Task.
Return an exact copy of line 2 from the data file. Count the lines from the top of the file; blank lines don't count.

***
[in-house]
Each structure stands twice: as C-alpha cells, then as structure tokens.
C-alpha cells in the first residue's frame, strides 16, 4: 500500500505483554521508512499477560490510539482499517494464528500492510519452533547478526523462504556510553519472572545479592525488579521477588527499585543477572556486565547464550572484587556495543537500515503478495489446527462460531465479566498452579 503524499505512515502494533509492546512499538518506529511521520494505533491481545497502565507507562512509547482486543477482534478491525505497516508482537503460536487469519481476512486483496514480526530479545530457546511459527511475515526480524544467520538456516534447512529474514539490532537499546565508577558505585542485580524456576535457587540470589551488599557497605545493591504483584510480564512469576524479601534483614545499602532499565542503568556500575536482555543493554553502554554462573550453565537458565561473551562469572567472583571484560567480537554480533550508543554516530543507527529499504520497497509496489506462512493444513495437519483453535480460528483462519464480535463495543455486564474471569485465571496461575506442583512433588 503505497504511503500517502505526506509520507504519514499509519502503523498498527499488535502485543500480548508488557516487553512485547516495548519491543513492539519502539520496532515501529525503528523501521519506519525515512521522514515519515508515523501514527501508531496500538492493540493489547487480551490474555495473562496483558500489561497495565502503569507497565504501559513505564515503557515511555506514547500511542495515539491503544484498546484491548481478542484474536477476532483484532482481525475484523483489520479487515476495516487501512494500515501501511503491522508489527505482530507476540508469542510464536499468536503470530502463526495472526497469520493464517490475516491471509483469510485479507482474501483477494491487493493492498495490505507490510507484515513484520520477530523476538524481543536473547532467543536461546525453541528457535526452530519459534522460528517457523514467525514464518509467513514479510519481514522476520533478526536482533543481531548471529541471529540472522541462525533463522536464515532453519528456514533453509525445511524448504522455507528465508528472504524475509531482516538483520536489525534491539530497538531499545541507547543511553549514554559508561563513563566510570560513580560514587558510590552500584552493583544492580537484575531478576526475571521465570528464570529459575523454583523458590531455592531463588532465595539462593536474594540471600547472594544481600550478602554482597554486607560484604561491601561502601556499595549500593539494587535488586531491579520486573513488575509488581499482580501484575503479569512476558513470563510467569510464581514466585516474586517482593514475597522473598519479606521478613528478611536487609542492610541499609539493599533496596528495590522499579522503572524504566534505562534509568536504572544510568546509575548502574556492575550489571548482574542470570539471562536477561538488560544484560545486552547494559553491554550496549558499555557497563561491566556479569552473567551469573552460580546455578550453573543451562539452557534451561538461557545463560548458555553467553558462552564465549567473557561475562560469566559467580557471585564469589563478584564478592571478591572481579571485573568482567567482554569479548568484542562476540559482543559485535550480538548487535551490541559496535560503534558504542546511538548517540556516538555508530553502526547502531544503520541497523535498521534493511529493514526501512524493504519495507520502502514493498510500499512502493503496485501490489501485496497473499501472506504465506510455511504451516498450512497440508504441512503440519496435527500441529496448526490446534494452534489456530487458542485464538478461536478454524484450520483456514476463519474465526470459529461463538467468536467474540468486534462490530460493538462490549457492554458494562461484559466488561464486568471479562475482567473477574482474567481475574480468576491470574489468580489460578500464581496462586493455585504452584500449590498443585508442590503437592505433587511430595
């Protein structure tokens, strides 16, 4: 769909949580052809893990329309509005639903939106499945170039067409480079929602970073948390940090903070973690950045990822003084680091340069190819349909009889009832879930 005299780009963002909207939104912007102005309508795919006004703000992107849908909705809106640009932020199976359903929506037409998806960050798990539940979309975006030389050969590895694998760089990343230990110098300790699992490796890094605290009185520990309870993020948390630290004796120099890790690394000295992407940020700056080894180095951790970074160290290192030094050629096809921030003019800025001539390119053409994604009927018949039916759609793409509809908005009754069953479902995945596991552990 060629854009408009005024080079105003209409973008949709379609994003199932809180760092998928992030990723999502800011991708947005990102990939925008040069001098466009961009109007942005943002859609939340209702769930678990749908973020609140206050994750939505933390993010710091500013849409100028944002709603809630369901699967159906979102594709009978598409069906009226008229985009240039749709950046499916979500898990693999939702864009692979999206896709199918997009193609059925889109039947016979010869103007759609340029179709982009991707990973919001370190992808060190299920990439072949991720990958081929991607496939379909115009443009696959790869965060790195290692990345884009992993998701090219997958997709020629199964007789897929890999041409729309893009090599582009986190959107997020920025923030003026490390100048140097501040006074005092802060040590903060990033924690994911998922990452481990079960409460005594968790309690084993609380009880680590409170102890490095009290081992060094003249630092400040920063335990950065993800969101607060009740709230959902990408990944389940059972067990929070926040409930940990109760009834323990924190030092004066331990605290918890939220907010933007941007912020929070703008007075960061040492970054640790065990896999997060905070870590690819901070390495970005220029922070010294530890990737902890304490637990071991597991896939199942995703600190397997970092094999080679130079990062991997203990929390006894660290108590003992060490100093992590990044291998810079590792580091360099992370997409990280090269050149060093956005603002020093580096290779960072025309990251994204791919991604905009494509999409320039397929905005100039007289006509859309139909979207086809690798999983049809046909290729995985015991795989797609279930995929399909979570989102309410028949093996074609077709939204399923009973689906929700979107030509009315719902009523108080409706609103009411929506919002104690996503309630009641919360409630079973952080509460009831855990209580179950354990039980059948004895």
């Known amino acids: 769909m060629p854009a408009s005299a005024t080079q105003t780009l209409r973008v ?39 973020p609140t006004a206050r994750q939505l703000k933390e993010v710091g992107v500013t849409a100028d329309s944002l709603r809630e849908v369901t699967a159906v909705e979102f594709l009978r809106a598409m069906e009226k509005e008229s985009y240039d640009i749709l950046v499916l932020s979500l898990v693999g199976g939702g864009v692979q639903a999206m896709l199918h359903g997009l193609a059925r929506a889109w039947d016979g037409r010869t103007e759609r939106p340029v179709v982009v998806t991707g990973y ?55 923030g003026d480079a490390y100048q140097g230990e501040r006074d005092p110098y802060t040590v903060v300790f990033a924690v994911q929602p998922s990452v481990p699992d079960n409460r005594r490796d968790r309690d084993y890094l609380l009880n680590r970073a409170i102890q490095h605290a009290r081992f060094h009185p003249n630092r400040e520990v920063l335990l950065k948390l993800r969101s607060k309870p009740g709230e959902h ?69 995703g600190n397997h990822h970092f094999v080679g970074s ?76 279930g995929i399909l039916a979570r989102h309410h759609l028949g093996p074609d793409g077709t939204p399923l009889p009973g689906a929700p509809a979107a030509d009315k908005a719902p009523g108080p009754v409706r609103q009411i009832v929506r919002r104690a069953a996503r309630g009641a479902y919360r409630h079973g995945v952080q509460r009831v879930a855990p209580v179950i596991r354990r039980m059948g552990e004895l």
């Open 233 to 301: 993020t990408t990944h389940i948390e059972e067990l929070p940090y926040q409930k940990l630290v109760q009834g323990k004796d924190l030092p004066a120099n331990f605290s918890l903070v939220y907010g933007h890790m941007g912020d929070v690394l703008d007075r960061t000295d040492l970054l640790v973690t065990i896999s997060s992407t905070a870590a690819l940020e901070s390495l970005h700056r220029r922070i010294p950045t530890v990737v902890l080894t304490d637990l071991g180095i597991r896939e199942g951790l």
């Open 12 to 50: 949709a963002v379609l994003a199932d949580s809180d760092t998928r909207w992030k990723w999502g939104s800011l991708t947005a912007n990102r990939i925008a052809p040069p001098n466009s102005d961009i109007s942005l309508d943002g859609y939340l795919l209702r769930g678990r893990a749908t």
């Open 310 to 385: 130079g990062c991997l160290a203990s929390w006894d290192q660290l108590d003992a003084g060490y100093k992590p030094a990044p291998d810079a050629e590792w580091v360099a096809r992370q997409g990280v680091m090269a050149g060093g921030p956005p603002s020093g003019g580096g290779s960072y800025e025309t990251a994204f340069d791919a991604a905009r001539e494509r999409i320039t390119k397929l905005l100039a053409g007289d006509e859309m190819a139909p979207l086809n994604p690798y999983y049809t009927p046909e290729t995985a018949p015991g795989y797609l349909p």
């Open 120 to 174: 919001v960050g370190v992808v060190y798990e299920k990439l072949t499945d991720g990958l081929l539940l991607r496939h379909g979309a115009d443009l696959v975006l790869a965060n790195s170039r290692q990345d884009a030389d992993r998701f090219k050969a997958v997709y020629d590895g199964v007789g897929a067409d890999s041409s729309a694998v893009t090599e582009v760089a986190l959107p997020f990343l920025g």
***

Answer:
Each structure stands twice: as C-alpha cells, then as structure tokens.